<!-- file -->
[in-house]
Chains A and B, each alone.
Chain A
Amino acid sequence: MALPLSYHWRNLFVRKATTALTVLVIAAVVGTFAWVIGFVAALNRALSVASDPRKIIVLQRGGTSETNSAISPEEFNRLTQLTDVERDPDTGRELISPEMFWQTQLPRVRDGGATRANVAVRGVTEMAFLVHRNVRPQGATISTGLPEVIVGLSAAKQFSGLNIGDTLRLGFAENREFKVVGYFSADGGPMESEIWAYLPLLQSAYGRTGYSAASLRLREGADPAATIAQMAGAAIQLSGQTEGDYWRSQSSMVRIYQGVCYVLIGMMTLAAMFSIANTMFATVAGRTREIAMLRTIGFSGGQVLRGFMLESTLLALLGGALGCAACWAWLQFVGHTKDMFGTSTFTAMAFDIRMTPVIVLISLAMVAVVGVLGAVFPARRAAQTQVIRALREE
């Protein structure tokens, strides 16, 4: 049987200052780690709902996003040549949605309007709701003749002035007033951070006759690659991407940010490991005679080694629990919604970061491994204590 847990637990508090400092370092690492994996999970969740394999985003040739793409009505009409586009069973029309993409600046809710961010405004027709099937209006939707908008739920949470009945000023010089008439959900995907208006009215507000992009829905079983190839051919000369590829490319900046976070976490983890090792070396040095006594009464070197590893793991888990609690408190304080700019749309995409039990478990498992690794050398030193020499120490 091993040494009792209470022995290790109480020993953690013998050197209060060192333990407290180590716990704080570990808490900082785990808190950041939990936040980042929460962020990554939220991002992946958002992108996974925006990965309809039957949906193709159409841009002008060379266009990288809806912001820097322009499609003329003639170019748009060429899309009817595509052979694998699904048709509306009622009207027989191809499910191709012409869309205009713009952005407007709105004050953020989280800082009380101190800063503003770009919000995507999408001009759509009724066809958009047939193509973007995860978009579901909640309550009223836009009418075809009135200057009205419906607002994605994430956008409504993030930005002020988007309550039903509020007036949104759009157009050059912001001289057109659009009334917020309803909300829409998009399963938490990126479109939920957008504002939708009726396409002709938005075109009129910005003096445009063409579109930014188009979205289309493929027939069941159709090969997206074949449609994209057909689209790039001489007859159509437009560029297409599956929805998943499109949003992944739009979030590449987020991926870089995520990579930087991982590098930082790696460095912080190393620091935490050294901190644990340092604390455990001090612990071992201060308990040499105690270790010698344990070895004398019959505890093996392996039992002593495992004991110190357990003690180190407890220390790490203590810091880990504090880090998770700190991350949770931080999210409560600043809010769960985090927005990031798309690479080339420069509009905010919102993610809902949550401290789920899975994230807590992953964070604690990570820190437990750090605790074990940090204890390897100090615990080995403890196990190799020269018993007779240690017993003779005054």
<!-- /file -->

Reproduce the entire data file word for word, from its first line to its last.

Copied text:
[in-house]
Chains A and B, each alone.
Chain A
Amino acid sequence: MALPLSYHWRNLFVRKATTALTVLVIAAVVGTFAWVIGFVAALNRALSVASDPRKIIVLQRGGTSETNSAISPEEFNRLTQLTDVERDPDTGRELISPEMFWQTQLPRVRDGGATRANVAVRGVTEMAFLVHRNVRPQGATISTGLPEVIVGLSAAKQFSGLNIGDTLRLGFAENREFKVVGYFSADGGPMESEIWAYLPLLQSAYGRTGYSAASLRLREGADPAATIAQMAGAAIQLSGQTEGDYWRSQSSMVRIYQGVCYVLIGMMTLAAMFSIANTMFATVAGRTREIAMLRTIGFSGGQVLRGFMLESTLLALLGGALGCAACWAWLQFVGHTKDMFGTSTFTAMAFDIRMTPVIVLISLAMVAVVGVLGAVFPARRAAQTQVIRALREE
């Protein structure tokens, strides 16, 4: 049987200052780690709902996003040549949605309007709701003749002035007033951070006759690659991407940010490991005679080694629990919604970061491994204590 847990637990508090400092370092690492994996999970969740394999985003040739793409009505009409586009069973029309993409600046809710961010405004027709099937209006939707908008739920949470009945000023010089008439959900995907208006009215507000992009829905079983190839051919000369590829490319900046976070976490983890090792070396040095006594009464070197590893793991888990609690408190304080700019749309995409039990478990498992690794050398030193020499120490 091993040494009792209470022995290790109480020993953690013998050197209060060192333990407290180590716990704080570990808490900082785990808190950041939990936040980042929460962020990554939220991002992946958002992108996974925006990965309809039957949906193709159409841009002008060379266009990288809806912001820097322009499609003329003639170019748009060429899309009817595509052979694998699904048709509306009622009207027989191809499910191709012409869309205009713009952005407007709105004050953020989280800082009380101190800063503003770009919000995507999408001009759509009724066809958009047939193509973007995860978009579901909640309550009223836009009418075809009135200057009205419906607002994605994430956008409504993030930005002020988007309550039903509020007036949104759009157009050059912001001289057109659009009334917020309803909300829409998009399963938490990126479109939920957008504002939708009726396409002709938005075109009129910005003096445009063409579109930014188009979205289309493929027939069941159709090969997206074949449609994209057909689209790039001489007859159509437009560029297409599956929805998943499109949003992944739009979030590449987020991926870089995520990579930087991982590098930082790696460095912080190393620091935490050294901190644990340092604390455990001090612990071992201060308990040499105690270790010698344990070895004398019959505890093996392996039992002593495992004991110190357990003690180190407890220390790490203590810091880990504090880090998770700190991350949770931080999210409560600043809010769960985090927005990031798309690479080339420069509009905010919102993610809902949550401290789920899975994230807590992953964070604690990570820190437990750090605790074990940090204890390897100090615990080995403890196990190799020269018993007779240690017993003779005054």